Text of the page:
The Only One
Today was going to be different. I could feel it. Different could be good or bad, but in a small town, it’s usually bad. Since I’m the only Bahá’í kid in a town where heavy rain is considered exciting, I try not to alarm people. But that’s hard when the local pastime is digging into people’s private lives. It’s like living in a town full of detectives.
Teachers and friends ask questions after I miss school for a Bahá’í holy day, and after Christmas. “What did you get from Santa?” was always hard to face. But I’m a ninja at blending in. I save a few of my birthday gifts from November until after the holidays. Or I change the subject by giving compliments to my inquisitors about their haircut or shoes. This doesn’t always work, so there are some awkward moments where I try my best to explain the faith I love.
“Hi, Saul!” Andy pounced into the bus seat next to me, which popped me into the air.
“Hey, Andy.” I returned the favor, rising up and then landing on the bench to catapult Andy into the air. We both burst into laughter.
Andy, Eddie, and Katy were all on my bus route, because our farms were close together. Eddie and Katy joined us, and that uneasy feeling about today vanished in giggles and games.
But as the school day rolled on, the feeling crept back. I became lost in thought, moving like a zombie through class, the lunch line, and eating—almost without blinking.
“You gonna eat those?” Eddie’s finger hovered over my fries.
“Huh? Oh, go ahead.” I was hungry, but I couldn’t eat.
“You ready for class today, Saul?” Katy asked.
Time stopped. I stared at Katy. We were studying world religions in social studies, so Ms. Hanover wanted us to talk about our churches in class today. That must be why I felt weird all day. I became lost in the universe of my own thoughts. Andy, Katy, and Eddie—as well as Jeff and Laura—all looked at me from around the table.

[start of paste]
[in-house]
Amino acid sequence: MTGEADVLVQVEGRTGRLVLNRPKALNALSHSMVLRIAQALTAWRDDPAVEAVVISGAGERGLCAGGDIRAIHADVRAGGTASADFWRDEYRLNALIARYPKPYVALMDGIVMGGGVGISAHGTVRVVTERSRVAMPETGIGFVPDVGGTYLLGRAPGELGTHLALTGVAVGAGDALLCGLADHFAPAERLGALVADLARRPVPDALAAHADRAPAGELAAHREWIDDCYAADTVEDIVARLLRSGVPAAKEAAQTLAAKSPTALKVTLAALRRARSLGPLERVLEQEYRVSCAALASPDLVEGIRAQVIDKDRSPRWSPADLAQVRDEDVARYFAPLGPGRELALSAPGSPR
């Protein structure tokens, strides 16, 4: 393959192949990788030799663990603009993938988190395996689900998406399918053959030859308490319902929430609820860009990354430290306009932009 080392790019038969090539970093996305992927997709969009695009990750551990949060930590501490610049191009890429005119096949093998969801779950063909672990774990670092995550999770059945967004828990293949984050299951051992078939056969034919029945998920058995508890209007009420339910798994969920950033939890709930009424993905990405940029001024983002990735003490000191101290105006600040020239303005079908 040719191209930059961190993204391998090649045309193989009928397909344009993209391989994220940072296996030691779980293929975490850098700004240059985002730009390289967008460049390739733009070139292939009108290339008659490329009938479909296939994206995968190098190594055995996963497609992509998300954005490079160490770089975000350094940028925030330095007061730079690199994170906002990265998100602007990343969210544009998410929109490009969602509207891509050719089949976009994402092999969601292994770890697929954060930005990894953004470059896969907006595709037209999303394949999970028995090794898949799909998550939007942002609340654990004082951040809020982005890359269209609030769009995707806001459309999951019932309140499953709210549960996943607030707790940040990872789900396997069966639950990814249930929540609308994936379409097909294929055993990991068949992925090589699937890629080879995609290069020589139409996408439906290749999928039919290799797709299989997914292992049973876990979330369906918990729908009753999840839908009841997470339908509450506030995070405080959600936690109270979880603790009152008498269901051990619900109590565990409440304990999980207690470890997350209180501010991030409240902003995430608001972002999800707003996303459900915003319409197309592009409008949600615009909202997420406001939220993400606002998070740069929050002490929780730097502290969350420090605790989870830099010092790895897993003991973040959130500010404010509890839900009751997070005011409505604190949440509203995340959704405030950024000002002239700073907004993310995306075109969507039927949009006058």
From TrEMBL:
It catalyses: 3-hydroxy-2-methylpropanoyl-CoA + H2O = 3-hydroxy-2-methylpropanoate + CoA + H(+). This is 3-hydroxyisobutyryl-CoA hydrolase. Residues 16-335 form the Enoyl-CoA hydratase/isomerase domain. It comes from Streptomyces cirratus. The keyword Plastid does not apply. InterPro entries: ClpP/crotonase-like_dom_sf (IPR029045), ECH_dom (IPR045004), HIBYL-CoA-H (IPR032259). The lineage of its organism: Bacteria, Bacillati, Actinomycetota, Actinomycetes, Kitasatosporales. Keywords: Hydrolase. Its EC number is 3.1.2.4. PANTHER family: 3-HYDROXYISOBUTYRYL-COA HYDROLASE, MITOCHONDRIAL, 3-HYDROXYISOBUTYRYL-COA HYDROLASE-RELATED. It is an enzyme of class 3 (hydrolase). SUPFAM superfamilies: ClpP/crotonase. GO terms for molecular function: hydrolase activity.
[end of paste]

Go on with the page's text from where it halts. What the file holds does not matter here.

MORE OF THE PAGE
“You’re Jewish, right, Saul?” Detective Laura was hard at work.
I scanned Laura, looking for something to compliment—no new haircut. And I couldn’t see her shoes. PANIC! I was about to freeze and make a fool of myself. I took a breath, finished chewing, and took a swig of milk to buy time. This was it. I would wow them. Yes! Tell them all about my faith, just like I had practiced in my mind. Gathering courage, I opened my mouth.
“Bahá’í,” I smiled.
“Where you going?” replied Laura. At first, I was just as confused as they were. Then I realized that she thought I said “Bye.”
“Uh, no, I’m a Bahá’í.” My courage was slipping—I had to move fast.
“What’s that?” Jeff asked. The table was all ears, and I wondered if the whole lunchroom got quieter.
My face was hot. I blurted, “It’s unity, and all people, with the equal races, WE ARE ONE!” The silence around me confirmed my epic fail. I lurched up and ran, leaving my lunch tray behind. The class bell sounded as I dashed out of the lunchroom.
After school, I went to the river where trees were stacked along a steep bank. Whether they fell in a storm or from the work of beavers, I never knew. Andy and I imagined it was a huge fort. We forgot about our day and became heroes of our own world. As the shadows grew long, we lay in the fort, watching the sunset.
“What is a Bahá’í?” Andy asked, gazing at the golden sky.
Relaxed, I didn’t think—I just spoke from my heart. “A Bahá’í believes there is one God and all the religions should be friends.”
We sat in silence until Andy turned to me and said, “I want to be a friend of the Bahá’ís.”
I stared out of our fortress and took a deep breath.
I might still be the only one, but at least I wasn’t alone.
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